Real estate speculation is no different from any other market speculation. If it turns out not to pan out, it's not society's responsibility to bail gamblers out. At least in this situation, unlike with the stock market or derivatives, the buyers aren't actually losing their initial investment: they still own a still valuable asset, one that can be kept or sold at a profit for use as legally intended. But instead, they want us to miss sight of that and argue about how much money they could make if allowed to cotinue to break the law, so let's change the law for them! Yet it is the actual homeowners located next door to STVRs that quantifiably do lose equity in their investment, as it cannot be used or sold for what it would otherwise be worth.

When they make this an argument, our elected representatives need to remember who is really being cheated—and that they are exclusively the people who are registered to vote for or against them.

You have summed up the controversy in a most succinct and eloquent manner. Your description should be mandatory reading for the SD city council and every such body in the state.

Oddly, when the SD city council had city-wide election of city council members, the council was seen as isolated, and the members forgot the residents of their districts when it came to representation. (The districts had elections, but the finalists were elected city-wide.) District-only elections were adopted after much fighting, and those who favored it were certain that the council members would do a better job as a result. But today these characters seem to just head off and do their own thing, with the result of weaker representation. My opinion is that it worked better under the old system.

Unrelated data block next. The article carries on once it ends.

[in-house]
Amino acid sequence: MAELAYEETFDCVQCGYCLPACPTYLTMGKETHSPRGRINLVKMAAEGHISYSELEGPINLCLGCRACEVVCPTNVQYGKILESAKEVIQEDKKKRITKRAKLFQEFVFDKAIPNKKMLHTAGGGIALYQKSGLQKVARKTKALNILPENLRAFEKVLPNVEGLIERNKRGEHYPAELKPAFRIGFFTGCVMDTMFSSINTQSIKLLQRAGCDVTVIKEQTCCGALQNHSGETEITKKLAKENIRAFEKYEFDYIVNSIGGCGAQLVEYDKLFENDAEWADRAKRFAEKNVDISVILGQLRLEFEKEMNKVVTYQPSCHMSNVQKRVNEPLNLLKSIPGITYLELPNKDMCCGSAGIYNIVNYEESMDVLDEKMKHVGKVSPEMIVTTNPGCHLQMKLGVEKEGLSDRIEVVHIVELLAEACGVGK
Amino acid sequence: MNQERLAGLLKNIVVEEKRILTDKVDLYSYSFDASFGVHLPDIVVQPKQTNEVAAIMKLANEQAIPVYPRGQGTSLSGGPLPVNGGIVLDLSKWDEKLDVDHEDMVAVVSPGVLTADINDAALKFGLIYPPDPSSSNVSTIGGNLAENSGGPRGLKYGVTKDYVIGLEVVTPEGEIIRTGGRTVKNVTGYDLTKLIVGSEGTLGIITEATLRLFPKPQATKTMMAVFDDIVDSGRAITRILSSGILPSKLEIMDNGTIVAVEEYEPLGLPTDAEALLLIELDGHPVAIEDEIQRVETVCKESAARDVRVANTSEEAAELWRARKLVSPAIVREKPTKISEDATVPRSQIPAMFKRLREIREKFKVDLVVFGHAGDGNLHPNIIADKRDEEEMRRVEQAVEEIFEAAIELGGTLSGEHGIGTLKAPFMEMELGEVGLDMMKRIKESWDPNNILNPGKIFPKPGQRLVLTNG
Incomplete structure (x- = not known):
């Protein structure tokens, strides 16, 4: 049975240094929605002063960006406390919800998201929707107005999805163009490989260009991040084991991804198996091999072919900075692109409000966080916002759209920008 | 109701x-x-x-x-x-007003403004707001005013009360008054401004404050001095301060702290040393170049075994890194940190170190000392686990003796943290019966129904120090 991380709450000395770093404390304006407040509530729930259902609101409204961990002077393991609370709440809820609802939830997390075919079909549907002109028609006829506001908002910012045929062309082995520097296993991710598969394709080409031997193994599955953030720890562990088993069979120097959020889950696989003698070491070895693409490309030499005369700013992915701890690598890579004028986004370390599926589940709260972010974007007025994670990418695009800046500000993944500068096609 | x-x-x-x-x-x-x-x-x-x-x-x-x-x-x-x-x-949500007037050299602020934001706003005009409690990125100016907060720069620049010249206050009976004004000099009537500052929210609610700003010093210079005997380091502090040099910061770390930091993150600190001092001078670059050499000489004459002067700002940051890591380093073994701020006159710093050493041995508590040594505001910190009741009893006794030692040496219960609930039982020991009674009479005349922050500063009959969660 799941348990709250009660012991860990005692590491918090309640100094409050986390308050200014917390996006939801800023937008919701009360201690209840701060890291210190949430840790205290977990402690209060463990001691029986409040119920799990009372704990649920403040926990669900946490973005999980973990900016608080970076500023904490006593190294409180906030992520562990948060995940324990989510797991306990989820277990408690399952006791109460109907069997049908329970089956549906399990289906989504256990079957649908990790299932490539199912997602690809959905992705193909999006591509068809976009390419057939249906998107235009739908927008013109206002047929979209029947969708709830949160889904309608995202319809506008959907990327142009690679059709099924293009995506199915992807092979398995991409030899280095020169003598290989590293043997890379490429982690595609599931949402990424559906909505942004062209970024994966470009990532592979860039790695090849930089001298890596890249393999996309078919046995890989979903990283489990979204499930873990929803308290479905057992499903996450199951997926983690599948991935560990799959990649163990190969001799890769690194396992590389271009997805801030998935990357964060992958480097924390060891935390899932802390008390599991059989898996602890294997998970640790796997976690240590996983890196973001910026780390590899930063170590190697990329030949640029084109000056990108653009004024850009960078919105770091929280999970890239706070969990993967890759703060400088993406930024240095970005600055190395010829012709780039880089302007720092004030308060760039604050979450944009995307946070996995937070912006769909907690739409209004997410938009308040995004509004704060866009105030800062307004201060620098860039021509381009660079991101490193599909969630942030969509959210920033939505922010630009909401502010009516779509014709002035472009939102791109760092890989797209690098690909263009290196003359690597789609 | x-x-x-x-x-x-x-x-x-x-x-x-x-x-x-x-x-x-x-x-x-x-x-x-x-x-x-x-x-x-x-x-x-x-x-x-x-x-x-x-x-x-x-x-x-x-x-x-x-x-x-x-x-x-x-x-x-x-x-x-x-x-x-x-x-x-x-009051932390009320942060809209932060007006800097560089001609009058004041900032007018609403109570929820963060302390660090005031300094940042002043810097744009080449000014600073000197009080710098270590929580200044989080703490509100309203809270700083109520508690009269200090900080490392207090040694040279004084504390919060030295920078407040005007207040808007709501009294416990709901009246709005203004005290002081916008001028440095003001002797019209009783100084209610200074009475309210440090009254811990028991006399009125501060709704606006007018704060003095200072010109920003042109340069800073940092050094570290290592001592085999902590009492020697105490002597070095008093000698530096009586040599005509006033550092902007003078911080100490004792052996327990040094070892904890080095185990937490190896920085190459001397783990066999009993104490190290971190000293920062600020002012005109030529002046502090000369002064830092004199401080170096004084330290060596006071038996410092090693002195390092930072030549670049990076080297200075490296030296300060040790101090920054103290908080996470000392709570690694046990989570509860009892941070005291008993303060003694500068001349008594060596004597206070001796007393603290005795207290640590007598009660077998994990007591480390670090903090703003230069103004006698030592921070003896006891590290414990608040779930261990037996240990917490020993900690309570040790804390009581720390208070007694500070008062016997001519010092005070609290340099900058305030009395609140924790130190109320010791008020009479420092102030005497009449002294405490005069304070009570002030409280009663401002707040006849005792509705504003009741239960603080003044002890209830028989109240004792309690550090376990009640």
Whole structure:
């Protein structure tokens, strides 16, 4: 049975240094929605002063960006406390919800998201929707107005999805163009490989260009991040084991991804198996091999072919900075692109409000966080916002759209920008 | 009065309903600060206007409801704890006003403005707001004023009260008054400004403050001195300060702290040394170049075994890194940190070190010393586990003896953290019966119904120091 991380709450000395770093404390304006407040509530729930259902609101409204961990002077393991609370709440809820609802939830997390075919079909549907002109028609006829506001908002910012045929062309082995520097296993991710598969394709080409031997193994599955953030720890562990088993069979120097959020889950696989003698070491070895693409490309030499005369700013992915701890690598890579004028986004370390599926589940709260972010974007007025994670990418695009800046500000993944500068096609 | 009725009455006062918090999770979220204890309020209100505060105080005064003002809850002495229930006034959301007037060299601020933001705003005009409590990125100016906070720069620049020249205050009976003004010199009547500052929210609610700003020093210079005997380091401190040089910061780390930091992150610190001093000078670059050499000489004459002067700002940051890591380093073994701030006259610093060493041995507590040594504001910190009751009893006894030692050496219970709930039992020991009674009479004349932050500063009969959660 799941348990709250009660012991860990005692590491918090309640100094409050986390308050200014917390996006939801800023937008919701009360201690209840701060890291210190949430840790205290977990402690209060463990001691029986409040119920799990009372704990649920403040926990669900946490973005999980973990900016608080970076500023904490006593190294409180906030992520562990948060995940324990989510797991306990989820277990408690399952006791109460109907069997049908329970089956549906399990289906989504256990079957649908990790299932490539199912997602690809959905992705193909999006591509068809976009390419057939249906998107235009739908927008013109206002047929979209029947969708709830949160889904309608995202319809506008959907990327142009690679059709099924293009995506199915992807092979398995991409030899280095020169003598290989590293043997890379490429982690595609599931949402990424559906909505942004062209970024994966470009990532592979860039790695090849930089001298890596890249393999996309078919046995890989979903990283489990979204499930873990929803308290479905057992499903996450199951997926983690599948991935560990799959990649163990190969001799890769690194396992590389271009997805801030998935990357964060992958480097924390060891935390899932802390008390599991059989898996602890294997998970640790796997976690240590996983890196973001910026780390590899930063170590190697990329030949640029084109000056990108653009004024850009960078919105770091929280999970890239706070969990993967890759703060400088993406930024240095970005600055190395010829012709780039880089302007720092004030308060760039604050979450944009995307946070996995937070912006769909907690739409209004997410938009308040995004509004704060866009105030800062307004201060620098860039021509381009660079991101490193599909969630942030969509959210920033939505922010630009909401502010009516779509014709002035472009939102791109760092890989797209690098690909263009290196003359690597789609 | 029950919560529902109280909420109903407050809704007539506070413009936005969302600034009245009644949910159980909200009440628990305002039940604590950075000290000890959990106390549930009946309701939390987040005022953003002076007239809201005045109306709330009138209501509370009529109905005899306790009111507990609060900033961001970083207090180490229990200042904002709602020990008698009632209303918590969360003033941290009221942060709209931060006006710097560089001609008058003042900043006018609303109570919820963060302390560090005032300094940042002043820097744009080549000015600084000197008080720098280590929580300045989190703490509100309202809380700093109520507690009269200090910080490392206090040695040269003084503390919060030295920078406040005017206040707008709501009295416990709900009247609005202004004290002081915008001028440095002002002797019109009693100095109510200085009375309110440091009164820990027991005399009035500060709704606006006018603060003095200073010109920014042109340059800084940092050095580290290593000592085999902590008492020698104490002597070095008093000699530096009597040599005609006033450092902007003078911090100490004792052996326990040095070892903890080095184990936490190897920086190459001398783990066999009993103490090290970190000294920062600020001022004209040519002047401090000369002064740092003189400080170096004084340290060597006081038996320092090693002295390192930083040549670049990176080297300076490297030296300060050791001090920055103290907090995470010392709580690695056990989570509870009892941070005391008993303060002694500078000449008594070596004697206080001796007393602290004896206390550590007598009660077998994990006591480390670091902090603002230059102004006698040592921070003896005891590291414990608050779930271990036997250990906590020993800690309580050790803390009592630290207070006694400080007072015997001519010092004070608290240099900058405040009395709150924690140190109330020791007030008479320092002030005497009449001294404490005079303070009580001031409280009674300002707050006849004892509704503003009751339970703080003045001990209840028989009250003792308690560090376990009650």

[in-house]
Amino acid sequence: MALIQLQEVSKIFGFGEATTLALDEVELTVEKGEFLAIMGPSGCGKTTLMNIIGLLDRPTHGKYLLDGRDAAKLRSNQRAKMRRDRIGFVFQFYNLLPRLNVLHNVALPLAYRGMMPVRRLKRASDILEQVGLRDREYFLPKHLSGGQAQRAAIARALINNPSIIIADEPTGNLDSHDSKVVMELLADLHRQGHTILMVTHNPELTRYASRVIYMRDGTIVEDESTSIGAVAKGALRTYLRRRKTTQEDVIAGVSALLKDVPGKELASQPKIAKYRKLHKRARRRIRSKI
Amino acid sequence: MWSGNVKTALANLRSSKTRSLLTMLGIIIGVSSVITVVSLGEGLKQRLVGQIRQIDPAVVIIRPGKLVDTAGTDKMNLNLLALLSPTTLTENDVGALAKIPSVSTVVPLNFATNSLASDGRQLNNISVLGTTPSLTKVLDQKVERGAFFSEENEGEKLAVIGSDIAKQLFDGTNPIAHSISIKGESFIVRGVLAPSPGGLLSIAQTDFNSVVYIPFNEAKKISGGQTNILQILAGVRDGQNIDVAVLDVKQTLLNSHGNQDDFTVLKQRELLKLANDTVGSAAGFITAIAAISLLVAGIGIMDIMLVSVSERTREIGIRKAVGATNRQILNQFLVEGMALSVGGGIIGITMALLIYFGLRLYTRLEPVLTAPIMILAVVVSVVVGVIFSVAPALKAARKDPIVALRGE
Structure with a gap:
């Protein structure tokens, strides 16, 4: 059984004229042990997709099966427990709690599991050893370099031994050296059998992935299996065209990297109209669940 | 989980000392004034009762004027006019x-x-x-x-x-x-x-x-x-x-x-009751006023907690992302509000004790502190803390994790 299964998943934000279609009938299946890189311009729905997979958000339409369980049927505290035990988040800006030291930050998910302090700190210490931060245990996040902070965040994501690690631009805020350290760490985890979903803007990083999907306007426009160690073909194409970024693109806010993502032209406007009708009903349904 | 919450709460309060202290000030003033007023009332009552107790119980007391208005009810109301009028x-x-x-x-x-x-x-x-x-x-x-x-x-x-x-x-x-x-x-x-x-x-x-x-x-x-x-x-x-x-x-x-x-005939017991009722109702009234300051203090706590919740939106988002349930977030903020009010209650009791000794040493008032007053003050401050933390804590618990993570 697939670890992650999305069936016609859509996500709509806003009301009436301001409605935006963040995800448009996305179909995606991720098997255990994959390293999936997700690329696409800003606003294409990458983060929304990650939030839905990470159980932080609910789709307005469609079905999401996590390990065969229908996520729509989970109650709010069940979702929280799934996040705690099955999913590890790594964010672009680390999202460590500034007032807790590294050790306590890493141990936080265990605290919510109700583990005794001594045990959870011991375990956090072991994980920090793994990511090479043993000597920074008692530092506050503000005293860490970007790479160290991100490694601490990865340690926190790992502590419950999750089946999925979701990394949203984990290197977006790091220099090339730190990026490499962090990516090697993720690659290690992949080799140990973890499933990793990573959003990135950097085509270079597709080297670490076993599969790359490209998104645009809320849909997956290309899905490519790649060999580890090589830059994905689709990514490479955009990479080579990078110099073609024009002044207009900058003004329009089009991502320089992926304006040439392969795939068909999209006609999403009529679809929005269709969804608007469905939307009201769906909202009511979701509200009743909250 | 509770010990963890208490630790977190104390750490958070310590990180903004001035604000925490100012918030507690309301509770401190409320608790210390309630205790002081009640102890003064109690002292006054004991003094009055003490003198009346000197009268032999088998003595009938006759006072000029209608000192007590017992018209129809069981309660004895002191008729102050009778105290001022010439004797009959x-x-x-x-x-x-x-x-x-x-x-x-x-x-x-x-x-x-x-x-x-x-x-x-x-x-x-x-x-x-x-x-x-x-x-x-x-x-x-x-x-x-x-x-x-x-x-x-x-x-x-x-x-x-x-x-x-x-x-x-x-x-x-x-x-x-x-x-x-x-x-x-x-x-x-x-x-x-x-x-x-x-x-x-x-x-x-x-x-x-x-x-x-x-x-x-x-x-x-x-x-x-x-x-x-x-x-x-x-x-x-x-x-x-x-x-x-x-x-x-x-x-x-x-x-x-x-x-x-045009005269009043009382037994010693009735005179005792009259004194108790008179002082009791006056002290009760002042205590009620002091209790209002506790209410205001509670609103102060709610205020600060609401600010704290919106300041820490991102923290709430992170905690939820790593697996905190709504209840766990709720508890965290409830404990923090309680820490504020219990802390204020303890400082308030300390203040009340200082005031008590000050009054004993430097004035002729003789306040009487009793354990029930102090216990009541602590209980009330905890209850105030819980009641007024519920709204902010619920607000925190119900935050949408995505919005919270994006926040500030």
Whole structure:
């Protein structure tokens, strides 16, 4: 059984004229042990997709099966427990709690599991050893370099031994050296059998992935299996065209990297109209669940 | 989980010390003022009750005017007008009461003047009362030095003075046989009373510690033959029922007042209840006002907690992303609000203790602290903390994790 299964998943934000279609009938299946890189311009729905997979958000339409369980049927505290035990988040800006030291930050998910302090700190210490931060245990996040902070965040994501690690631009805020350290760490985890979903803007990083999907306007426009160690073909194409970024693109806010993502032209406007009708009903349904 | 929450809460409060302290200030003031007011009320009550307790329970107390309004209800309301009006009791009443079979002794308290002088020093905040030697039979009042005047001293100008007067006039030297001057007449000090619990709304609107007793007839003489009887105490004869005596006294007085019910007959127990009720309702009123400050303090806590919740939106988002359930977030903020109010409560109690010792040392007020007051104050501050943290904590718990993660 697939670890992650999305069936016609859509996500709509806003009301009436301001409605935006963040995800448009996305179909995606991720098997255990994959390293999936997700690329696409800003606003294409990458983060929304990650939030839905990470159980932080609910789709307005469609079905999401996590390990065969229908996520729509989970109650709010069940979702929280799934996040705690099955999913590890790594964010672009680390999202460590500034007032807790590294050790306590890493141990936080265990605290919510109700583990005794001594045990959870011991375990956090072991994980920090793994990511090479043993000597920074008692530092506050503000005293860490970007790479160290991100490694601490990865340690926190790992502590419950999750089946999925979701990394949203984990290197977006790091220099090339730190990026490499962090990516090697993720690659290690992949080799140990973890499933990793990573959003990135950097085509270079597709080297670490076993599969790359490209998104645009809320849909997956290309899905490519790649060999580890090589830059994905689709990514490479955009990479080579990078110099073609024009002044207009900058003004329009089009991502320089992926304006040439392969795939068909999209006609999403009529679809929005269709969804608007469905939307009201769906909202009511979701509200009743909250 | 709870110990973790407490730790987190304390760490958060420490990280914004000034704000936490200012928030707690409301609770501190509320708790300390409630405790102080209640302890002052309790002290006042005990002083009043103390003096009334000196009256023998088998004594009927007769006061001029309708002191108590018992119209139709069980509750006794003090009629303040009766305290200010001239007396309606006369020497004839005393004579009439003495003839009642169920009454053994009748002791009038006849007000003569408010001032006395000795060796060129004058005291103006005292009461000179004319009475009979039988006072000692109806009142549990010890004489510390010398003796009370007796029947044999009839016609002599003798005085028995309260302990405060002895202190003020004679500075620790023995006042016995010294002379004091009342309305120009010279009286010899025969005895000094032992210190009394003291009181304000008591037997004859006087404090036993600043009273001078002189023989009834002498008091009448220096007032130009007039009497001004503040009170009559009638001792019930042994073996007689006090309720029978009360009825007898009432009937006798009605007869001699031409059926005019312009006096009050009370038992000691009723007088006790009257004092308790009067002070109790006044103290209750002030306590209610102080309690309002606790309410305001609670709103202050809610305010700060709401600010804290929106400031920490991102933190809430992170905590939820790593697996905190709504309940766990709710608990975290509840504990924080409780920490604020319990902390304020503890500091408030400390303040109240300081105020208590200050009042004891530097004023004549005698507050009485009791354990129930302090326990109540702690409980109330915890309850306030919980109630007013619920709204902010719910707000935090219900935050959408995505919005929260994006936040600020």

Are these STVRs subject to the city's room tax requirement? If so, are the taxes being collected? Seems there should be millions of dollars in revenue available for city services/infrastructure.

Follow the money and you will find the owner-operator of the politician.

Correction-AirBnb donated $100,000 (no 10k) to fight this in San Diego. I spoke to several signature collectors-one of them didnt care what he was collecting signatures for-asking people to help him make $4.00 per signature, another guy “claimed” he was volunteering because San Diego shouldn't ban ALL AirbBnbs. After a explaining what the City was doing (banning mini hotels basically) he was shocked. He told us that HIS Airbbnb host told him that Airbnb is calling hosts and telling them that the City will NOT allow any rooms to be rented out anymore via airbnb, so he volunteered cuz he likes staying at them. Took about 20-30 minutes to explain the FACTS to him, by the end of the conversation, he was pretty upset about how misled he was. The lies are spreading so fast, please take a minute to try and talk civilly to these signature collectors-see if they actually understand what kind of puppet they really are.